“Jobs” is, perhaps, the word used most often in the gubernatorial campaign.
And that's just fine, thank you, for many of the businesses gathered at a Jackson County business expo.
Heather Smith of United Employment says a governor can do a lot for companies like hers.
"Maybe tax credits toward small business owners. That could help," she said.
Or, she says, more focus on entrepreneurship to build a new generation of Michigan small businessmen and women.
David Swan with Mid-America Machining has his own ideas of what a governor can do.
"They can help higher education people in the state of Michigan. That would certainly help the employers of Michigan," Swan said.
But economists say there are limits to what the candidates for governor can do for the Michigan economy.
"If I had been governor, or you'd been governor or Alan Greenspan had been governor for the last four years, the Michigan economy wouldn't look much different than it does now," Michigan State University economist Charles Ballard said.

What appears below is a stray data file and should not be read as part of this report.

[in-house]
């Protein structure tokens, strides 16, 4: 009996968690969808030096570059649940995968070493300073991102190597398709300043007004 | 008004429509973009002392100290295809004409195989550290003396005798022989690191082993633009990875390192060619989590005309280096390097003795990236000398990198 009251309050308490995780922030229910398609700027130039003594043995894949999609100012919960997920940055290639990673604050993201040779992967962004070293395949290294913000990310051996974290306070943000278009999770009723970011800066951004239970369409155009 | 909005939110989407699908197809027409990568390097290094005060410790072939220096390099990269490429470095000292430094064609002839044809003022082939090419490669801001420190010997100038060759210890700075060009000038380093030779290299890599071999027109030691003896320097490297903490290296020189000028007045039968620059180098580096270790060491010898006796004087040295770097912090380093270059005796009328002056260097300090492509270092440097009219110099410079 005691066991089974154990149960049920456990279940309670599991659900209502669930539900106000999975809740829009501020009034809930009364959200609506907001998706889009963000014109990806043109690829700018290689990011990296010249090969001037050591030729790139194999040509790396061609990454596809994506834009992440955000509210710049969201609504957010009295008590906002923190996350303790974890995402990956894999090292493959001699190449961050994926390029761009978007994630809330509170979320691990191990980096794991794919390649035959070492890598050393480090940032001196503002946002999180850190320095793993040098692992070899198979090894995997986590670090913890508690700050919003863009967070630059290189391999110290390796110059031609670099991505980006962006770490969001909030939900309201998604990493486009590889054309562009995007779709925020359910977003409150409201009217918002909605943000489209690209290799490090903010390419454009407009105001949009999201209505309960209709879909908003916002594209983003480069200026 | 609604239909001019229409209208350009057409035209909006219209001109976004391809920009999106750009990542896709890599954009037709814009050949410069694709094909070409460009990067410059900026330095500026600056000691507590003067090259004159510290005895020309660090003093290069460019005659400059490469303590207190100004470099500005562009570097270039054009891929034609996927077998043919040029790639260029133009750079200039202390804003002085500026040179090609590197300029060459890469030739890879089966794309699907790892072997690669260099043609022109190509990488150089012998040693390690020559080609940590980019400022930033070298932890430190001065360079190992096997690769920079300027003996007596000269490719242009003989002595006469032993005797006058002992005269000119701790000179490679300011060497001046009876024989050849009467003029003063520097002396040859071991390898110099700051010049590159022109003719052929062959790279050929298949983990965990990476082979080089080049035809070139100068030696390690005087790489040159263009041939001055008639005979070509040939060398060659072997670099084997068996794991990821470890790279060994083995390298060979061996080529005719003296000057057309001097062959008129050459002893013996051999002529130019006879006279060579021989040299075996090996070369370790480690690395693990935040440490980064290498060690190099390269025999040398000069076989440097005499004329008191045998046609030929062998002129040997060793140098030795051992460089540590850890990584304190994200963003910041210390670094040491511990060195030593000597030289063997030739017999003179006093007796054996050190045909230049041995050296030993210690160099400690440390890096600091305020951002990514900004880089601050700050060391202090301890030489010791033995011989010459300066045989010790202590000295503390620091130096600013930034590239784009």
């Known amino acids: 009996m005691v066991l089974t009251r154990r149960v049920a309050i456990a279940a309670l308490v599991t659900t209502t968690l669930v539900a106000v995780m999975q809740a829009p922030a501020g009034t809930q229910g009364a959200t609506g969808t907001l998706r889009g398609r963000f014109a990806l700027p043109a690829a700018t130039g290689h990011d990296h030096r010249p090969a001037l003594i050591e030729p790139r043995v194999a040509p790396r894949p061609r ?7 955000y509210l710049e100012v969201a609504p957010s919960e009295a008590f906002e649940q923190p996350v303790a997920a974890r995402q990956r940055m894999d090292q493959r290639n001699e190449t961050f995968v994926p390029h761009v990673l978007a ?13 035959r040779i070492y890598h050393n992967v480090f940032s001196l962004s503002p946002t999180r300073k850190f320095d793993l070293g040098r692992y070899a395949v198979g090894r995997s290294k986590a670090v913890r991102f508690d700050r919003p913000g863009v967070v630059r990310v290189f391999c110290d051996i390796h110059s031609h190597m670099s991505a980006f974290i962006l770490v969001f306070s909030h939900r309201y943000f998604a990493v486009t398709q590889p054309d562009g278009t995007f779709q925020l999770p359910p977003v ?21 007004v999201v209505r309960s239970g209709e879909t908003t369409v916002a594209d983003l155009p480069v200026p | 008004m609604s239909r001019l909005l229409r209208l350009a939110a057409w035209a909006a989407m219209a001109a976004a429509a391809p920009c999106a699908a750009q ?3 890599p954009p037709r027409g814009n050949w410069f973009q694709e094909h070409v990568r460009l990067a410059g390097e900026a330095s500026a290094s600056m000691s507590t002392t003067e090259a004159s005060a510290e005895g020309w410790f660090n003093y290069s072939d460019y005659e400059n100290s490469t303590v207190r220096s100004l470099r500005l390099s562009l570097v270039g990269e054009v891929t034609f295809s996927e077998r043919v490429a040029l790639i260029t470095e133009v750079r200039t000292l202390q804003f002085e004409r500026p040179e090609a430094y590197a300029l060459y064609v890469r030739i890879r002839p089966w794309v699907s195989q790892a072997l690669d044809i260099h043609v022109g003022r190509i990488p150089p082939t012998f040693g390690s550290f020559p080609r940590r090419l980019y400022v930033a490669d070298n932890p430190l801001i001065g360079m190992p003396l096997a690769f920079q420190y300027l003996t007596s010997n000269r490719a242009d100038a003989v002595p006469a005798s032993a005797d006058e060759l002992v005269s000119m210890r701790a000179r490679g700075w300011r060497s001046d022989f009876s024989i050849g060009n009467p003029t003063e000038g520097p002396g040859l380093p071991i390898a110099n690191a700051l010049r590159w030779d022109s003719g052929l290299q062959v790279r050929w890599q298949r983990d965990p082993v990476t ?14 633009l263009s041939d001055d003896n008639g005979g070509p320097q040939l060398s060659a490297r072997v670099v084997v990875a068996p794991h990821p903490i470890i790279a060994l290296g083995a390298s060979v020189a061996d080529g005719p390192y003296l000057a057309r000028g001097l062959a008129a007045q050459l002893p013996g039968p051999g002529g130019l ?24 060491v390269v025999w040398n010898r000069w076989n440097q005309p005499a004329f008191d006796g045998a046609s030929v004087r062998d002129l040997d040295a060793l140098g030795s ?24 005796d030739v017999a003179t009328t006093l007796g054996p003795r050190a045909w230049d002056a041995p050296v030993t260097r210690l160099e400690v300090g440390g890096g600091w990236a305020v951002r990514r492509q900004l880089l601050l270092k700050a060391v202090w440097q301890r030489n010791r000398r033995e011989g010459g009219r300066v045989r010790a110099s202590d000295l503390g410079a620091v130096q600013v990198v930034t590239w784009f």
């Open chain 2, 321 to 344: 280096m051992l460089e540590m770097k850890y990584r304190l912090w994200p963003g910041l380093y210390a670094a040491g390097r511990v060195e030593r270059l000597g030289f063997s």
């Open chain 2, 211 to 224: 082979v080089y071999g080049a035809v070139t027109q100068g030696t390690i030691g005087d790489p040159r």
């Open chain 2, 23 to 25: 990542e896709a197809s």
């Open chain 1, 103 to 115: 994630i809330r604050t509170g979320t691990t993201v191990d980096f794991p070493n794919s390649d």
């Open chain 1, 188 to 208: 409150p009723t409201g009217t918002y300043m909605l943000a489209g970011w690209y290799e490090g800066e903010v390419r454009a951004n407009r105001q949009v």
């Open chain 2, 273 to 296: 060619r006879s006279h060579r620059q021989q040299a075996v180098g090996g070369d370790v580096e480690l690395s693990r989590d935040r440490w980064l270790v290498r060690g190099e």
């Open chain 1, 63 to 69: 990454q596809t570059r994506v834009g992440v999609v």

That's not to say the governor plays no role. It's just that, Ballard says, a governor's economic decisions will likely be felt years later, not immediately. Other economists agree.
"Any candidate for the office should have a solid plan for the future," said economist Okan Kavuncu with Public Sector Consultants in Lansing.
In Michigan, for example, Kavuncu says leaders need to point the economy away from an industrial focus and toward the knowledge economy.
Steps like investing in education and training, cutting business taxes or investing in growing sectors like biotechnology can help in that push.
"It's important for a candidate to say look, I can make a difference. I think they can make a difference," Ballard said.
But it's a difference he says is easy to overstate.